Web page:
This post is not about math


I remember watching a friend solve a math problem in high school and seeing them write out all of the decimal points from their calculator, type them all back in and using them for the next section of the problem. Being the know-it-all that I was I argued that you could send a rocket to the moon using only three decimal points and that they really didn’t need to write all of that out and type it back in.

I can’t vouch for everything that I said at that point (can I get a citation on that moon landing info high school Jeff?) But, I think there was (mathematically speaking) a certain level of sense. The goal of the problem was a whole number, maybe with a couple of decimal points, we didn’t need to retain all of that other information to find our way to a much simpler solution. 

But, what if the solution that I desired was more complex?

The older I’ve gotten the more I’ve begun to appreciate complexity. And even though I stopped taking math courses in second year university, I am still thinking and wrestling a lot with these ideas of rounding. In my life, in my ministry, in my theology, I often want to find rest in the spaces of tension between the discreet and defined groups. I don’t want to be a 2 or a 3, I want to be a 2.7–still entirely able to call myself a 2 but also able to fit in and hangout with the 3s. 

I think that there is immense beauty in the ability to rest in these liminal spaces. Standing at the threshold of two different ideas and occupying the space between, simultaneously part of neither group but belonging to both. I think that Jesus often occupied these strange in-between places of greater nuance and complexity in his own teachings and I think my own ability to be in these places is one of the greatest strengths of my own ministry. But, Jesus also took very clear and strong stances on the things that mattered.

That is where I struggle. 

See, it can be so empowering and beautiful to exist in the in-between but it can also be crippling. The tagline of this blog is finding rest in tension but along with that rest I’ve also found complacency. I’ve begun using complexity as a shield that helps me to say a lot of things without saying anything at all. 

It’s like I’m clinging to all the extra decimal points and choosing to discuss them without ever returning to significant digits, without stopping to round.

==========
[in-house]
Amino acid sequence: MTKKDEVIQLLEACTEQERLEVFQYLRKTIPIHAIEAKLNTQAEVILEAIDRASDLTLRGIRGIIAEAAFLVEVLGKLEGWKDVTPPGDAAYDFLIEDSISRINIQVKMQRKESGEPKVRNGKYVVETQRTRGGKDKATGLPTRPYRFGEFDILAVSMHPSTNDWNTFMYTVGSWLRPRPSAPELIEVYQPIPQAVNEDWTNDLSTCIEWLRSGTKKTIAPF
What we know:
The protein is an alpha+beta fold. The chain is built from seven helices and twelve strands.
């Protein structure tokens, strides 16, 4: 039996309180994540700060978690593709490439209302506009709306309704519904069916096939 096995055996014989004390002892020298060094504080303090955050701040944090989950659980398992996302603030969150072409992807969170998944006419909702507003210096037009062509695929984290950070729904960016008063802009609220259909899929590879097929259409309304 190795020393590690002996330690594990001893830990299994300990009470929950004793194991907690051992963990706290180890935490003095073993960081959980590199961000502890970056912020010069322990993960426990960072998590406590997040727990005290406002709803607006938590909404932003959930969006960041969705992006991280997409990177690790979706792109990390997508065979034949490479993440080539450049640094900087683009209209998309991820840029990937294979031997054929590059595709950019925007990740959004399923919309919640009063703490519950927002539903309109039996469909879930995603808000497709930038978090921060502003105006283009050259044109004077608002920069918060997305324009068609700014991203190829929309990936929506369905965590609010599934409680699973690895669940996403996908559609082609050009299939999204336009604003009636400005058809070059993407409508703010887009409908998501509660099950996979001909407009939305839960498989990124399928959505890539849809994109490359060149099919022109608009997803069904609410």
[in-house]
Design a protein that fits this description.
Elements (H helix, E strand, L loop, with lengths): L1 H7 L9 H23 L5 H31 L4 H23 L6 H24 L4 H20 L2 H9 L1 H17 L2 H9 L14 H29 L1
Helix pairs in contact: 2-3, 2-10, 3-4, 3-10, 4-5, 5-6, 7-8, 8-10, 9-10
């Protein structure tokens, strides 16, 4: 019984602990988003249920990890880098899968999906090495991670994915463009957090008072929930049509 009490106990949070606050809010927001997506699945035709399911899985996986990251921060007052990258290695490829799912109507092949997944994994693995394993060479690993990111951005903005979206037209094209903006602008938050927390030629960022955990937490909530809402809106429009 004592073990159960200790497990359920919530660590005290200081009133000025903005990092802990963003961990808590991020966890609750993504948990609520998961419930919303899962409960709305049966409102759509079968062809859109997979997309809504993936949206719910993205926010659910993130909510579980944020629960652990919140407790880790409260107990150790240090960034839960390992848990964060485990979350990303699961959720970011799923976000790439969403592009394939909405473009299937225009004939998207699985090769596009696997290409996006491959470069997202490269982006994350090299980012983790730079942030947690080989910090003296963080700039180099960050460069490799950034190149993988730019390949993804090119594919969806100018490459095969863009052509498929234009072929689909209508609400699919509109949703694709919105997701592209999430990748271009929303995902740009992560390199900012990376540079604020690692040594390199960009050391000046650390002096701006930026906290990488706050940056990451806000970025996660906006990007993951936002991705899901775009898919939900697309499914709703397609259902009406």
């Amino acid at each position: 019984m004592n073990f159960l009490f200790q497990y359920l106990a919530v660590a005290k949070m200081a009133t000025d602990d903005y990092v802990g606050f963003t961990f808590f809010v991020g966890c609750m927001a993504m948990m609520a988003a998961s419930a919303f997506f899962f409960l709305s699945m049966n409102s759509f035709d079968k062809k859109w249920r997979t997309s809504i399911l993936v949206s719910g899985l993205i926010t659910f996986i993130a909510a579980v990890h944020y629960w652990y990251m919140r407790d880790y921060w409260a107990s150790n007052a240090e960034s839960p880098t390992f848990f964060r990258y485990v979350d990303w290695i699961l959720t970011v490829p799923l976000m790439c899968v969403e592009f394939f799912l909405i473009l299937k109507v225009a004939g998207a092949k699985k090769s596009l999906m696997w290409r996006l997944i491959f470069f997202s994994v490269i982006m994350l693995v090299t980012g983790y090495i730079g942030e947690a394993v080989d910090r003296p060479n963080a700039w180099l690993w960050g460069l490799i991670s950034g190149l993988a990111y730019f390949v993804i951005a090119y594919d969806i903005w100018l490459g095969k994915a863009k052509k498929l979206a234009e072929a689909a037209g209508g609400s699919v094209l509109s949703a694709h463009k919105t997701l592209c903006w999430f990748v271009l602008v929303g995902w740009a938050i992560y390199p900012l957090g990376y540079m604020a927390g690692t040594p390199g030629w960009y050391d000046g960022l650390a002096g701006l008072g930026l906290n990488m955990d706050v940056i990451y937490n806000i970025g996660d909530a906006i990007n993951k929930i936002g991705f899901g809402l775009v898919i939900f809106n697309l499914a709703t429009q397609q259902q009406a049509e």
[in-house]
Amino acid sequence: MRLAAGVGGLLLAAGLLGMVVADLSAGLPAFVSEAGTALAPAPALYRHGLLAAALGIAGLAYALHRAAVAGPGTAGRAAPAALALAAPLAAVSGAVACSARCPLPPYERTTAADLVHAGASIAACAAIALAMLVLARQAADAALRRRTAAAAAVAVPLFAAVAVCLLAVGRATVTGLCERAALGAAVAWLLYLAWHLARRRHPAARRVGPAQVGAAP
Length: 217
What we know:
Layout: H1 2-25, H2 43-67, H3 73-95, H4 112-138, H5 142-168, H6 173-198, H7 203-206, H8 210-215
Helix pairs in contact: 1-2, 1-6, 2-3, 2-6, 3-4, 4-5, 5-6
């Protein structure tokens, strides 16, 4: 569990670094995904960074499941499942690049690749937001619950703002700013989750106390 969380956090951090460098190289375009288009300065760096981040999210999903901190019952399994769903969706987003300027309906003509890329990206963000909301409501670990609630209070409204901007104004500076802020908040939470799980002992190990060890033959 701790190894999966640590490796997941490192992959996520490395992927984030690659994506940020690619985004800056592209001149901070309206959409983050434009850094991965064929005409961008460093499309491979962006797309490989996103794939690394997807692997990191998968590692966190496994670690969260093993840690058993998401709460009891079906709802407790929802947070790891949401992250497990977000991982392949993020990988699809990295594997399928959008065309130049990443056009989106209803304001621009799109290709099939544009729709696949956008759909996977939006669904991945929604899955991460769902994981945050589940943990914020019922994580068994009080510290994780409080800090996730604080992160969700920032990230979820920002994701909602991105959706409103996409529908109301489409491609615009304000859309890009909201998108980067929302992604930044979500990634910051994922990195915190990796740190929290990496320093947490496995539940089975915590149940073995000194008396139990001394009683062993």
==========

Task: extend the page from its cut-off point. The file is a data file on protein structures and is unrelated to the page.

I’ve avoided writing on this blog for over a year now. This isn’t for lack of wanting to write, I have started many posts and left them sitting because they may be too controversial, they may push people away, they may cause readers to perform a rounding error when it comes to me. 

I’m afraid.

But, I can’t allow that fear to paralyze me anymore. I can’t wait until I’ve absolutely picked sides to finally start sharing my perspectives. If my goal is really continued growth then I should be doing the difficult work of inviting you–whoever reads these things–into this in-between space of wrestling along with me. I’m never going to have the level of certainty that I’m looking for and sometimes I’m even going to come out and say things that are wrong. I’m going to round off too much and have to go back a few steps in order to move forward.

But, I’m learning that many of the theologians and pastors that I admire said lots of things that they later disagreed with. I think that they look back on these thoughts not with regret or resentment but as a reminder of where they were and an invitation to have grace with others wherever they are on their journey. 

I hope that is what I’ll be able to do. 

I hope that I’ll be able to have grace for the previous incarnations of myself, remembering that I was doing the best that I could. I’m doing the best that I can. And maybe, just maybe, future me will be able to look back and learn or remember something forgotten of value. 

Above all else though, I really hope that sharing will help myself and those around me to grow.


Jeffrey Webb


  1. Jeffrey Webb
    March 26, 2020 at 10:46 am

    I appreciate looking through your website. Kudos!

Reply your comment

Your email address will not be published. Required fields are marked*